Review: In Nicole Eisenman’s paintings, a must-see mirror to America’s political moment


Nicole Eisenman’s paintings have long held a dialogue with current events, but the election of President Trump seems to have given them new urgency and vigor. Her latest exhibition at Susanne Vielmetter Los Angeles Projects is equal parts lament, lampoon and savage reckoning. It is a must-see mirror held up to our roiling political moment.

The exhibition takes its title from the painting “Dark Light,” which focuses on a white man clothed in the trappings of a Trump supporter: a red baseball cap and camouflage-print T-shirt. Standing stiffly in the bed of a pickup truck as three other men doze at his feet, he holds a flashlight from which emanates a stream of darkness. It echoes the equally dark cloud of truck exhaust that billows behind him and a surreal black hole in the sky that pours something oily down toward Earth.

The composition, all rigid right angles, is an image of resolute and unwavering ideological and environmental desolation. The way forward from here will certainly be dark.

This sense of impending doom is echoed in the show’s other large painting, “Heading Down River on the USS J-Bone of an Ass.” References are too numerous to untangle here. Suffice to say that it depicts a motley crew riding a giant donkey jawbone down a putrid green river, blithely unaware of an impending waterfall. Related pencil sketches show Eisenman trying out different formulations of this composition, including one in which Trump is being sworn in on the doomed jawbone.

Nicole Eisenman, “Heading Down River on the USS J-Bone of an Ass,” 2017.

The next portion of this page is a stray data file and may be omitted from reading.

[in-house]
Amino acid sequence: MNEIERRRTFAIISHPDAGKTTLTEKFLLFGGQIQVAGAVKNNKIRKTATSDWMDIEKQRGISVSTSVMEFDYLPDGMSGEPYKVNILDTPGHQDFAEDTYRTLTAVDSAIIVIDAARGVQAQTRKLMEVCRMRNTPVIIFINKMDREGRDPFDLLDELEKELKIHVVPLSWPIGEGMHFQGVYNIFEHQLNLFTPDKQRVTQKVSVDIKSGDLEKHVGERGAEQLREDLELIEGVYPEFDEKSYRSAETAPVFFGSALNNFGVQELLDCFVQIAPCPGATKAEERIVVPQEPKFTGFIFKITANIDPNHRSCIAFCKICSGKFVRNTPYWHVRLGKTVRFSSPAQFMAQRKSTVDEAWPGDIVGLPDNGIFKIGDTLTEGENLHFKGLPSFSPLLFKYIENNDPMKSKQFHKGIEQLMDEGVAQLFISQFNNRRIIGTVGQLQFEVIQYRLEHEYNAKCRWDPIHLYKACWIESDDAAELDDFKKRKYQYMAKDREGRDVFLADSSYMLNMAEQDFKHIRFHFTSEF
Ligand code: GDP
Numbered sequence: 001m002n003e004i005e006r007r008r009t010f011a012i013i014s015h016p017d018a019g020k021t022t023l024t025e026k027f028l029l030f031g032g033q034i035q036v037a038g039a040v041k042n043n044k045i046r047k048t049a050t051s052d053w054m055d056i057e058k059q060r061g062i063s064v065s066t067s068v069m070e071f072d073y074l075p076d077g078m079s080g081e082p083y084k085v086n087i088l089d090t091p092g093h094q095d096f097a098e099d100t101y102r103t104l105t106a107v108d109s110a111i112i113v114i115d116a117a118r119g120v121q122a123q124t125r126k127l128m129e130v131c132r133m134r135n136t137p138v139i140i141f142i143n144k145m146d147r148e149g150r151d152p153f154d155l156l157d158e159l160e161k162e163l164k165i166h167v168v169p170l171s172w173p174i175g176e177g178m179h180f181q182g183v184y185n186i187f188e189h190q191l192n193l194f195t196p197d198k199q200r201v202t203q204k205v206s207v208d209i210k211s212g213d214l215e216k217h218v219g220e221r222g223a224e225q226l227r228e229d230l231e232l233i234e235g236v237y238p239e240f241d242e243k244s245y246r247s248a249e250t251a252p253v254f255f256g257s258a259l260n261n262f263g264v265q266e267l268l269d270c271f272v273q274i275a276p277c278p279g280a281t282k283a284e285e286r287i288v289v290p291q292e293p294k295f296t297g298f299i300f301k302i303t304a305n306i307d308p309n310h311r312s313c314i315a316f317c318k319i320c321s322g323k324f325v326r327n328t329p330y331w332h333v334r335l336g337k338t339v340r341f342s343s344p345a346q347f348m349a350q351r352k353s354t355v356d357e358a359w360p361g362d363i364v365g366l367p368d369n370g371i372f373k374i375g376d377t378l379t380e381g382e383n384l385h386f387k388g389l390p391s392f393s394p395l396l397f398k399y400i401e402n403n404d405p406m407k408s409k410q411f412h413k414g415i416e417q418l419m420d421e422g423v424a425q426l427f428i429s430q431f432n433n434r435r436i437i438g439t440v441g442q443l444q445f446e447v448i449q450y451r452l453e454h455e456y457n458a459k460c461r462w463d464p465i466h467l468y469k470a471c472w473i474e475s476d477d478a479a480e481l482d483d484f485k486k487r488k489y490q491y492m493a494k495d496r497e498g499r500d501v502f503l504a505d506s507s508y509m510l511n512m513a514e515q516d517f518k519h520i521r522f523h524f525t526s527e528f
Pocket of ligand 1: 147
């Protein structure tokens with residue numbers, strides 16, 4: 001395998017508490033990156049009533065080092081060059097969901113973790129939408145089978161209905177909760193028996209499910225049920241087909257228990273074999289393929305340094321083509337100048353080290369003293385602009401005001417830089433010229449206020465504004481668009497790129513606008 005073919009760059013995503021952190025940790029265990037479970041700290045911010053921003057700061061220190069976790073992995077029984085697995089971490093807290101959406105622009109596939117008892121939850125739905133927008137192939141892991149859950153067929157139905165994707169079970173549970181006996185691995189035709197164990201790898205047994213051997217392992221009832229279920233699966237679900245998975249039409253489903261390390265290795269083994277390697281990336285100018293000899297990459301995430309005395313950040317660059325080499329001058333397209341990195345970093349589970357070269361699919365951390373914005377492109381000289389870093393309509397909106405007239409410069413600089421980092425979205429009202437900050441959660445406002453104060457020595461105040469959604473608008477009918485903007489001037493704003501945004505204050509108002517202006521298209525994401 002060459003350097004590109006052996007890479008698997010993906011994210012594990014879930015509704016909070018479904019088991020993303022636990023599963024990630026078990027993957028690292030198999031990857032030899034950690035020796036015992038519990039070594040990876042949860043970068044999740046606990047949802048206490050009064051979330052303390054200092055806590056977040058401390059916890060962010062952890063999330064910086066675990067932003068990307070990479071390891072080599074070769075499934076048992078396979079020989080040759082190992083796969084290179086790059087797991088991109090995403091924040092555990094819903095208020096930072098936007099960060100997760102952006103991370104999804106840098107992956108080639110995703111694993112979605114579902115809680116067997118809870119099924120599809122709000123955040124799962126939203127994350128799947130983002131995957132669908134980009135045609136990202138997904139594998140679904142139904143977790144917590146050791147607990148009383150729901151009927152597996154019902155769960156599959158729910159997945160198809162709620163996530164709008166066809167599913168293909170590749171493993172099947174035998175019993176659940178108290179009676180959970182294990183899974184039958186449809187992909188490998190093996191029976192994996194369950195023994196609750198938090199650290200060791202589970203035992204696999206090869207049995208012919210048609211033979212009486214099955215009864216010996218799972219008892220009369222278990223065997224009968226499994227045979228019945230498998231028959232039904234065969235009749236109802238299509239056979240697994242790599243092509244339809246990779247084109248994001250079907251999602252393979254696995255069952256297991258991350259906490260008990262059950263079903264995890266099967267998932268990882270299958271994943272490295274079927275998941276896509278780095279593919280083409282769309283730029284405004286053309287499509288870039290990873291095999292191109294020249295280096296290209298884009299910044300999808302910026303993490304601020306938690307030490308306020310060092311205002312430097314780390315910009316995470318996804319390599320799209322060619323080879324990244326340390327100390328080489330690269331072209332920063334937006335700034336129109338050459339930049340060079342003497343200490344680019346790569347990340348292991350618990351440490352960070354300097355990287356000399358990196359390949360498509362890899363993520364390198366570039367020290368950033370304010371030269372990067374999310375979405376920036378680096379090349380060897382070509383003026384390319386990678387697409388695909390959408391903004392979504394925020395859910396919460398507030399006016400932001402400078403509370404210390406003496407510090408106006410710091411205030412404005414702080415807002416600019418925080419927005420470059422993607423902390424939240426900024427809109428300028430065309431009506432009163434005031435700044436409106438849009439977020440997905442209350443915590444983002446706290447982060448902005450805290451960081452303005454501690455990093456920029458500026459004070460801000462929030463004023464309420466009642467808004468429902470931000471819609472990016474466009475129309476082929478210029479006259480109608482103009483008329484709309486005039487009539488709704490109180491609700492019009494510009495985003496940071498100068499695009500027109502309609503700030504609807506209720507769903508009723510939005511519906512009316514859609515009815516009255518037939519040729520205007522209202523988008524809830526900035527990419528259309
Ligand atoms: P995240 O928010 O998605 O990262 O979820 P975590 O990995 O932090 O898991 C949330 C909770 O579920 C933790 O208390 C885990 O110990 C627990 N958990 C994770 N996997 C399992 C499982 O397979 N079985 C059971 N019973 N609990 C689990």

(Adam Reich / Nicole Eisenman and Susanne Vielmetter Los Angeles Projects)

Strikingly, there are also recurring portraits of a man pointing a gun at the viewer. A pose familiar from film and TV, it takes on an even more sinister cast in Eisenman’s abstracted forms, in which the round barrel of the gun takes the place of the man’s eye. It’s a portrait of someone clinging so closely to his gun that it becomes a part of him. To look at him is to find oneself in the crosshairs, a chilling reflection of today’s polarized debates around gun control.

Nicole Eisenman, “The Shooter,” 2018.
(Robert Wedemeyer / Nicole Eisenman and Susanne Vielmetter Los Angeles Projects)

The most prominent depiction of the president himself is a large ink drawing, “The Tea Party,” which operates like a traditional political cartoon. An American Revolution-era soldier stands alongside Trump and Death, a skeleton. All three are holding Death’s scythe, but Death is the one who looks scared.

Nicole Eisenman, “The Tea Party,” 2012-2017.
(Robert Wedemeyer / Nicole Eisenman and Susanne Vielmetter Los Angeles Projects)

Susanne Vielmetter Los Angeles Projects, 6006 Washington Blvd., Culver City. Through April 21; closed Sundays and Mondays. (310) 837-2117,

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